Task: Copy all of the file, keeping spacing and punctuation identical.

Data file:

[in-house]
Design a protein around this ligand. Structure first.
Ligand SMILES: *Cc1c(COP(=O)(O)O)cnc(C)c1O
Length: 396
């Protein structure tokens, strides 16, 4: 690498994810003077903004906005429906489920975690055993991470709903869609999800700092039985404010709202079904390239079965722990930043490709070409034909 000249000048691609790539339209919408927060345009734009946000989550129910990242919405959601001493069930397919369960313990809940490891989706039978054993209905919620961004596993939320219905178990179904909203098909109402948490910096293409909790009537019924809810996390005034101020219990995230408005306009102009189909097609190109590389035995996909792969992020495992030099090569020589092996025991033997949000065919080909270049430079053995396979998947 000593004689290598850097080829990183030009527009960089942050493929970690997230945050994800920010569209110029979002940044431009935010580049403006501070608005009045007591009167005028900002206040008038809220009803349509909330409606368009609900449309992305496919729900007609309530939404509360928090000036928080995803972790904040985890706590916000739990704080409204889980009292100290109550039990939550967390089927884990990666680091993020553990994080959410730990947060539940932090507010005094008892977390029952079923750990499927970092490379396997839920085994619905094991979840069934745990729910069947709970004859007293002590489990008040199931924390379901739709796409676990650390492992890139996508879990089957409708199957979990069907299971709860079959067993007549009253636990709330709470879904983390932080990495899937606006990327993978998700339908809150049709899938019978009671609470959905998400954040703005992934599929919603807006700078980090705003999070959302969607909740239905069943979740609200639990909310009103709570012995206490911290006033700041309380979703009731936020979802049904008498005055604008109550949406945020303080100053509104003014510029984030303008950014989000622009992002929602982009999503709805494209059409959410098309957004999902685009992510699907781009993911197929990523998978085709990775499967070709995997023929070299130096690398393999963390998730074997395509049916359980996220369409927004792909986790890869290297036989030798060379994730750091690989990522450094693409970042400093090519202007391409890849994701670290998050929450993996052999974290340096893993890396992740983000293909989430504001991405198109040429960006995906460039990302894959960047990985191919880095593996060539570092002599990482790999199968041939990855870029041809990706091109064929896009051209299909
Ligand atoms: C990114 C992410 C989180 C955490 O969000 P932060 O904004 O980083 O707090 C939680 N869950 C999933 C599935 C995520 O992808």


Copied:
[in-house]
Design a protein around this ligand. Structure first.
Ligand SMILES: *Cc1c(COP(=O)(O)O)cnc(C)c1O
Length: 396
């Protein structure tokens, strides 16, 4: 690498994810003077903004906005429906489920975690055993991470709903869609999800700092039985404010709202079904390239079965722990930043490709070409034909 000249000048691609790539339209919408927060345009734009946000989550129910990242919405959601001493069930397919369960313990809940490891989706039978054993209905919620961004596993939320219905178990179904909203098909109402948490910096293409909790009537019924809810996390005034101020219990995230408005306009102009189909097609190109590389035995996909792969992020495992030099090569020589092996025991033997949000065919080909270049430079053995396979998947 000593004689290598850097080829990183030009527009960089942050493929970690997230945050994800920010569209110029979002940044431009935010580049403006501070608005009045007591009167005028900002206040008038809220009803349509909330409606368009609900449309992305496919729900007609309530939404509360928090000036928080995803972790904040985890706590916000739990704080409204889980009292100290109550039990939550967390089927884990990666680091993020553990994080959410730990947060539940932090507010005094008892977390029952079923750990499927970092490379396997839920085994619905094991979840069934745990729910069947709970004859007293002590489990008040199931924390379901739709796409676990650390492992890139996508879990089957409708199957979990069907299971709860079959067993007549009253636990709330709470879904983390932080990495899937606006990327993978998700339908809150049709899938019978009671609470959905998400954040703005992934599929919603807006700078980090705003999070959302969607909740239905069943979740609200639990909310009103709570012995206490911290006033700041309380979703009731936020979802049904008498005055604008109550949406945020303080100053509104003014510029984030303008950014989000622009992002929602982009999503709805494209059409959410098309957004999902685009992510699907781009993911197929990523998978085709990775499967070709995997023929070299130096690398393999963390998730074997395509049916359980996220369409927004792909986790890869290297036989030798060379994730750091690989990522450094693409970042400093090519202007391409890849994701670290998050929450993996052999974290340096893993890396992740983000293909989430504001991405198109040429960006995906460039990302894959960047990985191919880095593996060539570092002599990482790999199968041939990855870029041809990706091109064929896009051209299909
Ligand atoms: C990114 C992410 C989180 C955490 O969000 P932060 O904004 O980083 O707090 C939680 N869950 C999933 C599935 C995520 O992808």